On Sun, May 19, 2002 at 11:05:52PM -0700, Matthew Dharm wrote:
> > > What does it take to do a 64-bit port? The first problem I see is the
> > > boot loader -- do I have to be in 64-bit mode when the kernel starts,
> > > or can I start in 32-bit mode and then transfer to 64-bit mode?
> > Same loader as before - the build procedure will result in a 32-bit kernel
> > binary which is loaded to the same old KSEG0 addresses.
> Call me a bit slow, but...
> Are you saying that my 32-bit loader (which is designed to load a 32-bit
> ELF file) will do exactly that... but this 32-bit ELF file has the magic in
> it to switch to 64-bit internally?
> Nice... Very nice. I'm used to slick Open Source solutions, but I have to
> admit that this is a pretty elegant one that solves a great many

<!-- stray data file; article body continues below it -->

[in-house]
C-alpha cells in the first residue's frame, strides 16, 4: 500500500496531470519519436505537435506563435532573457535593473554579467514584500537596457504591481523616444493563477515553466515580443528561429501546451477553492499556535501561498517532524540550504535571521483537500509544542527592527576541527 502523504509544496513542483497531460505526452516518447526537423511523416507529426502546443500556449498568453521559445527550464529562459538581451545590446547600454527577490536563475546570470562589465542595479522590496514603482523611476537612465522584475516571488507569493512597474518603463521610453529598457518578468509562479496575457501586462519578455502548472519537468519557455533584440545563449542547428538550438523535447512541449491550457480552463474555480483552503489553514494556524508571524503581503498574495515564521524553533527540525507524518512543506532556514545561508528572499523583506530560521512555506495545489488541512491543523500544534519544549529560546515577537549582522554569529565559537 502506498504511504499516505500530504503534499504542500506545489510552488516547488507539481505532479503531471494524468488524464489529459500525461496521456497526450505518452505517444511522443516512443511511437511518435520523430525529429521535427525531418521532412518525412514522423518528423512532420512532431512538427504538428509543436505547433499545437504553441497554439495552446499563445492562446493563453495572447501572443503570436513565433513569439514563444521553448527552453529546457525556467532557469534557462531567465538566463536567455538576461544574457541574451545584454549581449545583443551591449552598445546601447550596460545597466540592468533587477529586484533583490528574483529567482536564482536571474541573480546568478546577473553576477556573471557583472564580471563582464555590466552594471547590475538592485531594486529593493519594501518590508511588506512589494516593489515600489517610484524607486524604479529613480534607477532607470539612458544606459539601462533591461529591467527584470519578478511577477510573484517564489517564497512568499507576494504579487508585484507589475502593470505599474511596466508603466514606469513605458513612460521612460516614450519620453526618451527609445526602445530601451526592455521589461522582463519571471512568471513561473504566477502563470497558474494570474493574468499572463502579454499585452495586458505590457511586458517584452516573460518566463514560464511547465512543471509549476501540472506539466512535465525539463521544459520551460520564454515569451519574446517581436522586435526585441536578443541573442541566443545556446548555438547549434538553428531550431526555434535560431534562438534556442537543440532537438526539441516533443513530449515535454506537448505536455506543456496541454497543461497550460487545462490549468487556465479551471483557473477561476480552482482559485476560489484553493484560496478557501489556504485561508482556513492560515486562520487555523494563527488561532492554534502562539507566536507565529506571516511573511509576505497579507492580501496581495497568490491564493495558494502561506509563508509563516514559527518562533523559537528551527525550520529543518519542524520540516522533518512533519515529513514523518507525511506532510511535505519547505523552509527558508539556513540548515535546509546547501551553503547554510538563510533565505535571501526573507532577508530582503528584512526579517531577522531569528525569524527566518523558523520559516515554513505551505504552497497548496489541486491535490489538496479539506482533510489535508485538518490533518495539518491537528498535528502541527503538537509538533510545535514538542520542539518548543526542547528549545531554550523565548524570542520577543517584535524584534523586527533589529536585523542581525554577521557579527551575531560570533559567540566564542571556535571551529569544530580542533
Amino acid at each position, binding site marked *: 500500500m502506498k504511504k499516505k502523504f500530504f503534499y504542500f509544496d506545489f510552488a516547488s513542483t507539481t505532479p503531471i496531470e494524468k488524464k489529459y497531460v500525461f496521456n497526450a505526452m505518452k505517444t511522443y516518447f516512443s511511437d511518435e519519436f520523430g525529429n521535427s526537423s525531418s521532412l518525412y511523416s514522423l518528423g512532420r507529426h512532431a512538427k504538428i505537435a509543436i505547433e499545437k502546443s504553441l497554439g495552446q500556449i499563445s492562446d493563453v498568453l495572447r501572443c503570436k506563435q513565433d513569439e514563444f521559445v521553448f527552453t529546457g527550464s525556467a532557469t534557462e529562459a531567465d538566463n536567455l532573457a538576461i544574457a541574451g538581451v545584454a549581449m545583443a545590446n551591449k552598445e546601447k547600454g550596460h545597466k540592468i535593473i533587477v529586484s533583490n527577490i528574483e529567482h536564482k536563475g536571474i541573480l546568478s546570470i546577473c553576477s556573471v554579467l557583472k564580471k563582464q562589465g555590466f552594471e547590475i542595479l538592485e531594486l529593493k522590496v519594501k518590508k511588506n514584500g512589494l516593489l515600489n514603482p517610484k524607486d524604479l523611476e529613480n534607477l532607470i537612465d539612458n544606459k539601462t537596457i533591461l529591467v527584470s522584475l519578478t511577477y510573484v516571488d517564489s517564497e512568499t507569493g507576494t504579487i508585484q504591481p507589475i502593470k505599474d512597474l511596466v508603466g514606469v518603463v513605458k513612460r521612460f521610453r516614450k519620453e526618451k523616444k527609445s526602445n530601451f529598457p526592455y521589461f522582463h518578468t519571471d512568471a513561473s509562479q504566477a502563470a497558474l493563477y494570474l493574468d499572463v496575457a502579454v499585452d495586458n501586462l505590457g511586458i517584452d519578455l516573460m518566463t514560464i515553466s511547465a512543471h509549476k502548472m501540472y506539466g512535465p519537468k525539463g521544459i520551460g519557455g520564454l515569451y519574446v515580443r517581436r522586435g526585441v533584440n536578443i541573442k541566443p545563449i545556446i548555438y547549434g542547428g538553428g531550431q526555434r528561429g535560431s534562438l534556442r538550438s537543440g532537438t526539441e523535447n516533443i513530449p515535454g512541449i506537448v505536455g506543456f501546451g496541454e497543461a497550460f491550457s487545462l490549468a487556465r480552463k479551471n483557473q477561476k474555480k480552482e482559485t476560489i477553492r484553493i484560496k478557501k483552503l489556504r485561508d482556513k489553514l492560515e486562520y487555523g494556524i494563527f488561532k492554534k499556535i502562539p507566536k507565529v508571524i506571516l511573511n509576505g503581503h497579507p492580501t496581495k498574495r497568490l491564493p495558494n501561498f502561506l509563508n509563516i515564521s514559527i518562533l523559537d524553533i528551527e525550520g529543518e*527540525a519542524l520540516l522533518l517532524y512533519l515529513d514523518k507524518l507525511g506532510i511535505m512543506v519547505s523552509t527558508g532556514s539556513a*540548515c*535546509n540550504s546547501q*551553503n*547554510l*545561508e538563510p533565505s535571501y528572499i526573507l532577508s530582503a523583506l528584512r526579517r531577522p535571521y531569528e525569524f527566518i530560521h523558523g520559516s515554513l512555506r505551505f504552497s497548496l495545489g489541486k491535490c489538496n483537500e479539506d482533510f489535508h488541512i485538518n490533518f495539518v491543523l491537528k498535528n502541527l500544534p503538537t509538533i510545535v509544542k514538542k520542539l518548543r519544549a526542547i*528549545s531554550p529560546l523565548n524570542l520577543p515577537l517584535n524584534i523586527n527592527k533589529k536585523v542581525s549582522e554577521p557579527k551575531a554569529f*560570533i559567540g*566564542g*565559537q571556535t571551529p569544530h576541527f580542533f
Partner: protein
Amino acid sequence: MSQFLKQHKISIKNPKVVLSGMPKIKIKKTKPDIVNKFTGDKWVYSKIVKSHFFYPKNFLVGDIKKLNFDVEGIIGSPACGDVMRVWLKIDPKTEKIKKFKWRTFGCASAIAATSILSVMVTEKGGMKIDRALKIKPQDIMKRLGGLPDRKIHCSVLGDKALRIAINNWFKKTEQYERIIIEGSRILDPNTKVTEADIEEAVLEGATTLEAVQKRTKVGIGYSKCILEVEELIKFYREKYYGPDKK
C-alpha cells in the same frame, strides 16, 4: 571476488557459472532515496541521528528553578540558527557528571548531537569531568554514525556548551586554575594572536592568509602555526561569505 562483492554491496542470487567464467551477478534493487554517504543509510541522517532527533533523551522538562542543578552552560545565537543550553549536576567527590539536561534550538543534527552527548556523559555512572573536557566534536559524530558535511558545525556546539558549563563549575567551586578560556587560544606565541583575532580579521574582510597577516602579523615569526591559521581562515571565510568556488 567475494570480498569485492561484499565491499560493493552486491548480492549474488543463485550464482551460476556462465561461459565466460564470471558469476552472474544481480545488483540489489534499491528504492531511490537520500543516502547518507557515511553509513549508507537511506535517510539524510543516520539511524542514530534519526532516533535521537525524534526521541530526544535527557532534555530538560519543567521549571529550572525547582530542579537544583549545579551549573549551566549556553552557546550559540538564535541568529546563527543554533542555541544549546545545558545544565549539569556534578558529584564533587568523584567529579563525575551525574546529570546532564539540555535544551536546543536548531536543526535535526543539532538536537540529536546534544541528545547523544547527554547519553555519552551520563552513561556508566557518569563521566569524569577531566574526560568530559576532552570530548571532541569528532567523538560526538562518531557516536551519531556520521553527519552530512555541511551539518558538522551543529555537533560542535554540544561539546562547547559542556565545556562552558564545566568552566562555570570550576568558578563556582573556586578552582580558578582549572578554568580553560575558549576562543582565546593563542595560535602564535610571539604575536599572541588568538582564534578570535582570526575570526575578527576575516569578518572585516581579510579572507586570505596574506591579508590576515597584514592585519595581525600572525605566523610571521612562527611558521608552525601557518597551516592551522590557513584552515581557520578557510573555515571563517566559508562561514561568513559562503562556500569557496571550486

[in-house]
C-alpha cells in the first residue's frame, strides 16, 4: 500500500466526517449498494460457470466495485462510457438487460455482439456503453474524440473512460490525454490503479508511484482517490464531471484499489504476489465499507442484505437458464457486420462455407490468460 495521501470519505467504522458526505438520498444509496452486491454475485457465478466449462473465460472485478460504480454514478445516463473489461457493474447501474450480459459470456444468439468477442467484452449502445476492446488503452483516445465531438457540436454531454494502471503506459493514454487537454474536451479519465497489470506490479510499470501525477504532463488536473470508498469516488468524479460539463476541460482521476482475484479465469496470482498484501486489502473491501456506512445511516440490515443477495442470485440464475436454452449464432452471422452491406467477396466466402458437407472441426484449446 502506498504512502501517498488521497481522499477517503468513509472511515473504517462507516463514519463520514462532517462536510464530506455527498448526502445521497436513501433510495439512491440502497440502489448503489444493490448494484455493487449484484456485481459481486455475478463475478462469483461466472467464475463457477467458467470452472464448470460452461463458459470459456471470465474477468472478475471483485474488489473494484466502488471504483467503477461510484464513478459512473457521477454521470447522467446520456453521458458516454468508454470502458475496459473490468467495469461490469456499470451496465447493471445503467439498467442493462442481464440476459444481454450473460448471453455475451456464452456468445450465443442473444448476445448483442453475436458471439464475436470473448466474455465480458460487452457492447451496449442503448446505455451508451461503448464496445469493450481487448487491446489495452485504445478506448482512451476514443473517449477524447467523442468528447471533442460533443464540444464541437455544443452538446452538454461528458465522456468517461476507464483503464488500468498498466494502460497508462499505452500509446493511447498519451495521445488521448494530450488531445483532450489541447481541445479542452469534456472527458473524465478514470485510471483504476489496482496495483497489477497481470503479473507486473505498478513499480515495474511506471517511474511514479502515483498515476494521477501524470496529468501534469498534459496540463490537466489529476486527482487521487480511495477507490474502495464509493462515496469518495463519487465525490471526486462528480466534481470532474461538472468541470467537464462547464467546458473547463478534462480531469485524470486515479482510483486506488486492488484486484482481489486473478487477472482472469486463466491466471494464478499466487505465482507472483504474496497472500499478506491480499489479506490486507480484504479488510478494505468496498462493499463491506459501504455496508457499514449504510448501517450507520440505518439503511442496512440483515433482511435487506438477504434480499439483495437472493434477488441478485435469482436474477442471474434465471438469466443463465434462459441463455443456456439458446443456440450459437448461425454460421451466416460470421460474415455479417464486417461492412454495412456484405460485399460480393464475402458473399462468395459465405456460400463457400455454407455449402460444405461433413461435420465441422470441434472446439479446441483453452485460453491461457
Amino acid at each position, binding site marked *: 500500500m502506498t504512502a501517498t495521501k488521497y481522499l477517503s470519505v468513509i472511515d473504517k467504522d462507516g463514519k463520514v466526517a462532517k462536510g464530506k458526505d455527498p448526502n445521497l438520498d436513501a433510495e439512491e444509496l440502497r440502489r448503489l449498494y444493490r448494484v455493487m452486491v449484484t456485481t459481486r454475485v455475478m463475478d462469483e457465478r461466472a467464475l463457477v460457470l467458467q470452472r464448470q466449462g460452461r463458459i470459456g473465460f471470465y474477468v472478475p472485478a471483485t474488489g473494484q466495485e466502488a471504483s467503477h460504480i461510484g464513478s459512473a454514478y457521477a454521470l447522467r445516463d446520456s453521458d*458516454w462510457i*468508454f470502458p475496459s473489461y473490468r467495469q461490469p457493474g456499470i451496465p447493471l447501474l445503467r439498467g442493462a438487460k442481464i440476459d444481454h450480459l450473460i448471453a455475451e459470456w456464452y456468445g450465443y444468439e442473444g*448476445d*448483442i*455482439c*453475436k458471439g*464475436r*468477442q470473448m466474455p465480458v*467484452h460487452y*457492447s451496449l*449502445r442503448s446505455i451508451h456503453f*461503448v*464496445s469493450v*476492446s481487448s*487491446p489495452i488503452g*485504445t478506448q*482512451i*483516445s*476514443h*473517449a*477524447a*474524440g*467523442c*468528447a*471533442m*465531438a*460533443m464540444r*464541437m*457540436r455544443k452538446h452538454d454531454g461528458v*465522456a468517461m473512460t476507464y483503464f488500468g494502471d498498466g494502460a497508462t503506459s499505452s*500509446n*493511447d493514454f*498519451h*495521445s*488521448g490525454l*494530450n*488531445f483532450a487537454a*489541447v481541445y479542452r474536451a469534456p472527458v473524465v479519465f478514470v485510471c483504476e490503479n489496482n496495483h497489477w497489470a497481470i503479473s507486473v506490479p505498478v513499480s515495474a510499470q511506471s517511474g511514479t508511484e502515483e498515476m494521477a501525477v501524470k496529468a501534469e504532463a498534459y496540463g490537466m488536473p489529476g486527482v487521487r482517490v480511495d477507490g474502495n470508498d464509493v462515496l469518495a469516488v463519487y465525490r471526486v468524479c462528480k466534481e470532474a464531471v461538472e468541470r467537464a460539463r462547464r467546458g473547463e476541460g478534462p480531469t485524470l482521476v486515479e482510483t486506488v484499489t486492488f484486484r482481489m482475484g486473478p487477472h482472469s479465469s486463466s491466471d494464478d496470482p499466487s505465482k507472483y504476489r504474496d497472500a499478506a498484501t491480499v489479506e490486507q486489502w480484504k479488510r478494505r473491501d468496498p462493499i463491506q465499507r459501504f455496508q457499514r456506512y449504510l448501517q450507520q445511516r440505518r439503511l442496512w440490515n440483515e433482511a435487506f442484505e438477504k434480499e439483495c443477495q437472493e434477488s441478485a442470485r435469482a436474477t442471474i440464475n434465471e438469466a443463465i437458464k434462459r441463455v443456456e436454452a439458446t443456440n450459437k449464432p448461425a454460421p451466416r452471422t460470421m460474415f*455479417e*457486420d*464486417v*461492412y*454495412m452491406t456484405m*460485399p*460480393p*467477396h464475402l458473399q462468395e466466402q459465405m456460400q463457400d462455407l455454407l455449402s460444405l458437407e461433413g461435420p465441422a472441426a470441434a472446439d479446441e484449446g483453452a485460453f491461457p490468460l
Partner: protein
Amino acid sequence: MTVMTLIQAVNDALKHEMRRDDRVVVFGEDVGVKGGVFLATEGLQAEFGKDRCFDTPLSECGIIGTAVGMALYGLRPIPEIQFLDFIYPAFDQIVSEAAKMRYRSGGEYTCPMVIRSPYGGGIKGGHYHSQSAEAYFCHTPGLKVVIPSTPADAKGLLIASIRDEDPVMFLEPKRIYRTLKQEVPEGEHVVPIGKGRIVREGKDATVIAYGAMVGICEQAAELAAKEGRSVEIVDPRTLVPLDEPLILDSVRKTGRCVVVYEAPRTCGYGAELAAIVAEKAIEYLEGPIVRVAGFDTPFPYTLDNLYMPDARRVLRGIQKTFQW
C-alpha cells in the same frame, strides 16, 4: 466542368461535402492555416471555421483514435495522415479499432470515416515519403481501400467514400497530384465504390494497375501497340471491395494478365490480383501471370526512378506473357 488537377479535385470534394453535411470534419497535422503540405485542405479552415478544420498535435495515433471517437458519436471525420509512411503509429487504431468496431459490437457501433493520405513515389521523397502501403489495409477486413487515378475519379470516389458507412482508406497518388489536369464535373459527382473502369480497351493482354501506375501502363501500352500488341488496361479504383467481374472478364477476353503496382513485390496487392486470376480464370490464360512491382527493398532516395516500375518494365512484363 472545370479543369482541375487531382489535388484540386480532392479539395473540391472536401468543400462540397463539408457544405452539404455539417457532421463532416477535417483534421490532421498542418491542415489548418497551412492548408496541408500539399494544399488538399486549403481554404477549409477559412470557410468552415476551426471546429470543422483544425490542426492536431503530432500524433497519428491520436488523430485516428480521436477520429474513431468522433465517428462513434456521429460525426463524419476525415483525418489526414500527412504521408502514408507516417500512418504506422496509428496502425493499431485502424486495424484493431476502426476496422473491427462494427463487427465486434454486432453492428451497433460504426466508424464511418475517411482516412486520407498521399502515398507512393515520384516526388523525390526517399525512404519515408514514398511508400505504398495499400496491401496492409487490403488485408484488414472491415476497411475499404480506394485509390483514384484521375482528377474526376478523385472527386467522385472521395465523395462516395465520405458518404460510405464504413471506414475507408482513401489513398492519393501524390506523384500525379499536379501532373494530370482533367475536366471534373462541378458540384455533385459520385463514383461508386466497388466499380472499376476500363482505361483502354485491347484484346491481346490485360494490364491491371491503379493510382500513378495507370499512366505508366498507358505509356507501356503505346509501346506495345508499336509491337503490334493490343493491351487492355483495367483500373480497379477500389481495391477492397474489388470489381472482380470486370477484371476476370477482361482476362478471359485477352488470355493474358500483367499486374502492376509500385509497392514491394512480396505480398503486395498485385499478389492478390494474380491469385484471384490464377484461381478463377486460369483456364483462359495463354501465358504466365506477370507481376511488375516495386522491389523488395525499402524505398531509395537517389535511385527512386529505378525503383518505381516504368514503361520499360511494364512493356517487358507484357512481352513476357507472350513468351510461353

It's a fairly natural solution to the problem we had. The scenario we had
to deal with was
- a machine (SGI Origin 200/2000 aka IP27) where configurations are
commonly way too large for a 32-bit kernel.
- 64-bit MIPS/ELF support that was close to entierly unusable
- fixing binutils fully would have taken a serious amount of time which
we didn't have.
As it turned out gas is perfectly able to assemble the assembler code that
is generated for the N64 ABI by gcc into 32-bit ELF and linking that.
That code model still uses 64-bit pointers just all intra-kernel refernces
that were generated from la or dla macros get expanded into just the
two instruction sequence for 32-bit code, not the upto 7 instruction used
for 64-bit code. Result: much less tools work necessary yet better code.